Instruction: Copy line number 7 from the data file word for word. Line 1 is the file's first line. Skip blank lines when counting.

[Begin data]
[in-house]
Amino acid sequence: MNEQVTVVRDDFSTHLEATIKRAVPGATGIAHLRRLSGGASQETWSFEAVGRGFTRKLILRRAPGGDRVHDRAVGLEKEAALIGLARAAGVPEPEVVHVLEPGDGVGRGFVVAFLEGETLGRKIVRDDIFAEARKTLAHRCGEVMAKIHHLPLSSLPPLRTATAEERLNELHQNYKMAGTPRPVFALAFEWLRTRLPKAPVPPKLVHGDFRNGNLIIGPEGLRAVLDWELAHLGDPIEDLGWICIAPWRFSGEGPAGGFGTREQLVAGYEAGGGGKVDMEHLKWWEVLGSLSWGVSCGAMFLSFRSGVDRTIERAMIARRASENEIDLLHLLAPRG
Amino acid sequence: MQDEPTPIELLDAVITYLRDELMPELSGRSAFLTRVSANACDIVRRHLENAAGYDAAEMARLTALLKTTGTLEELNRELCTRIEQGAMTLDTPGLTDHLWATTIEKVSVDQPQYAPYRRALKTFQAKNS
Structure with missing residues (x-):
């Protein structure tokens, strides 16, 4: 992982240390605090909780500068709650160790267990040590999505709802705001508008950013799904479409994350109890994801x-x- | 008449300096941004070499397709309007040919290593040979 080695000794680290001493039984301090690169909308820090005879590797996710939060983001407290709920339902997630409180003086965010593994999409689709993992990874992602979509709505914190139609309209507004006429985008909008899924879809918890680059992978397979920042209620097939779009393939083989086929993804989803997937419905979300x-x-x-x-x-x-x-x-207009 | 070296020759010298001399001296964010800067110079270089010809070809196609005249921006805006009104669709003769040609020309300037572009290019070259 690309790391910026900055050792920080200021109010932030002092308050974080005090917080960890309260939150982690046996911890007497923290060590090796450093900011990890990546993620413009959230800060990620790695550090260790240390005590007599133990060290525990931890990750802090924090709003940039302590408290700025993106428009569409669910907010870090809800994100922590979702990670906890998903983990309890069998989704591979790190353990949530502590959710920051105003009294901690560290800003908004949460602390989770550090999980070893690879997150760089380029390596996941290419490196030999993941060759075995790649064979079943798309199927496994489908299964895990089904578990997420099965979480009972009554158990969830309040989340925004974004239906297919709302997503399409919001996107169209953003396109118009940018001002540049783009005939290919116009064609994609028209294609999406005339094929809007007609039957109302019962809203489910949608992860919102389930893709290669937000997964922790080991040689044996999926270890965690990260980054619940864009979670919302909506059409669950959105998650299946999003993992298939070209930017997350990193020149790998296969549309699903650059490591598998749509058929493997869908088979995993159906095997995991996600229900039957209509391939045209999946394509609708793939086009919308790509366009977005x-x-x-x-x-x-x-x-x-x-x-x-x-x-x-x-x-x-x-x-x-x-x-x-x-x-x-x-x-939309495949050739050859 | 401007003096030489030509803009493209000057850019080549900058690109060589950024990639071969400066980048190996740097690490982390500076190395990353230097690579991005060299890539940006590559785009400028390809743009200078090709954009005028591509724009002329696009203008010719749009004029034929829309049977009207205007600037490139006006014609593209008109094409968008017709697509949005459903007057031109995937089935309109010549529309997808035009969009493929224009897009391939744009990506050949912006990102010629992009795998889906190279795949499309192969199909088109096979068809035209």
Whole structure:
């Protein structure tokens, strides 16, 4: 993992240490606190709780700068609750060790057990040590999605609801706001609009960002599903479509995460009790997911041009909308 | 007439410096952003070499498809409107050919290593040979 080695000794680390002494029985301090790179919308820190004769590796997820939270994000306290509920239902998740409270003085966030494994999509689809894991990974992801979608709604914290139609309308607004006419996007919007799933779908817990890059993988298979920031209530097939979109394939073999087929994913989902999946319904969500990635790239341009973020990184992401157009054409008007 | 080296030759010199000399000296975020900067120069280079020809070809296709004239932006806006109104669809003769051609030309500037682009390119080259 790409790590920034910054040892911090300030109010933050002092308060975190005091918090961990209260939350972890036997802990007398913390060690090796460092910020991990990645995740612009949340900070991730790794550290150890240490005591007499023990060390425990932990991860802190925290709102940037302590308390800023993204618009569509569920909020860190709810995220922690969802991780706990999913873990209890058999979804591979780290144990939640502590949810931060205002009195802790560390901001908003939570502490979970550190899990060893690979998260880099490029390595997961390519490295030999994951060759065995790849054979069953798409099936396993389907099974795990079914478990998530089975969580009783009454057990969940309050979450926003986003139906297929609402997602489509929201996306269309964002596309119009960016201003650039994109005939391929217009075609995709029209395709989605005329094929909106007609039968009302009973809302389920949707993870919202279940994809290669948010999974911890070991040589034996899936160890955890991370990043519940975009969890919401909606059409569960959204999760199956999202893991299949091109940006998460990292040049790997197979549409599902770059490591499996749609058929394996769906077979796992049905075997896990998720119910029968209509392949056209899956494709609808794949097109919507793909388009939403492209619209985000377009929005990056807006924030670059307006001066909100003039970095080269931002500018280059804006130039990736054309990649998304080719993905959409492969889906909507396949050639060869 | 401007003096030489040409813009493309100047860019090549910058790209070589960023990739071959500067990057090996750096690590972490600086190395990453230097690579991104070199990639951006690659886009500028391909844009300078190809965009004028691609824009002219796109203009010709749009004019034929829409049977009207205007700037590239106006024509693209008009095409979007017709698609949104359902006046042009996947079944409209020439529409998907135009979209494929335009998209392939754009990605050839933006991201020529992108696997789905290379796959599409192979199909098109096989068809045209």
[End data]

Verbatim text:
């Protein structure tokens, strides 16, 4: 993992240490606190709780700068609750060790057990040590999605609801706001609009960002599903479509995460009790997911041009909308 | 007439410096952003070499498809409107050919290593040979 080695000794680390002494029985301090790179919308820190004769590796997820939270994000306290509920239902998740409270003085966030494994999509689809894991990974992801979608709604914290139609309308607004006419996007919007799933779908817990890059993988298979920031209530097939979109394939073999087929994913989902999946319904969500990635790239341009973020990184992401157009054409008007 | 080296030759010199000399000296975020900067120069280079020809070809296709004239932006806006109104669809003769051609030309500037682009390119080259 790409790590920034910054040892911090300030109010933050002092308060975190005091918090961990209260939350972890036997802990007398913390060690090796460092910020991990990645995740612009949340900070991730790794550290150890240490005591007499023990060390425990932990991860802190925290709102940037302590308390800023993204618009569509569920909020860190709810995220922690969802991780706990999913873990209890058999979804591979780290144990939640502590949810931060205002009195802790560390901001908003939570502490979970550190899990060893690979998260880099490029390595997961390519490295030999994951060759065995790849054979069953798409099936396993389907099974795990079914478990998530089975969580009783009454057990969940309050979450926003986003139906297929609402997602489509929201996306269309964002596309119009960016201003650039994109005939391929217009075609995709029209395709989605005329094929909106007609039968009302009973809302389920949707993870919202279940994809290669948010999974911890070991040589034996899936160890955890991370990043519940975009969890919401909606059409569960959204999760199956999202893991299949091109940006998460990292040049790997197979549409599902770059490591499996749609058929394996769906077979796992049905075997896990998720119910029968209509392949056209899956494709609808794949097109919507793909388009939403492209619209985000377009929005990056807006924030670059307006001066909100003039970095080269931002500018280059804006130039990736054309990649998304080719993905959409492969889906909507396949050639060869 | 401007003096030489040409813009493309100047860019090549910058790209070589960023990739071959500067990057090996750096690590972490600086190395990453230097690579991104070199990639951006690659886009500028391909844009300078190809965009004028691609824009002219796109203009010709749009004019034929829409049977009207205007700037590239106006024509693209008009095409979007017709698609949104359902006046042009996947079944409209020439529409998907135009979209494929335009998209392939754009990605050839933006991201020529992108696997789905290379796959599409192979199909098109096989068809045209």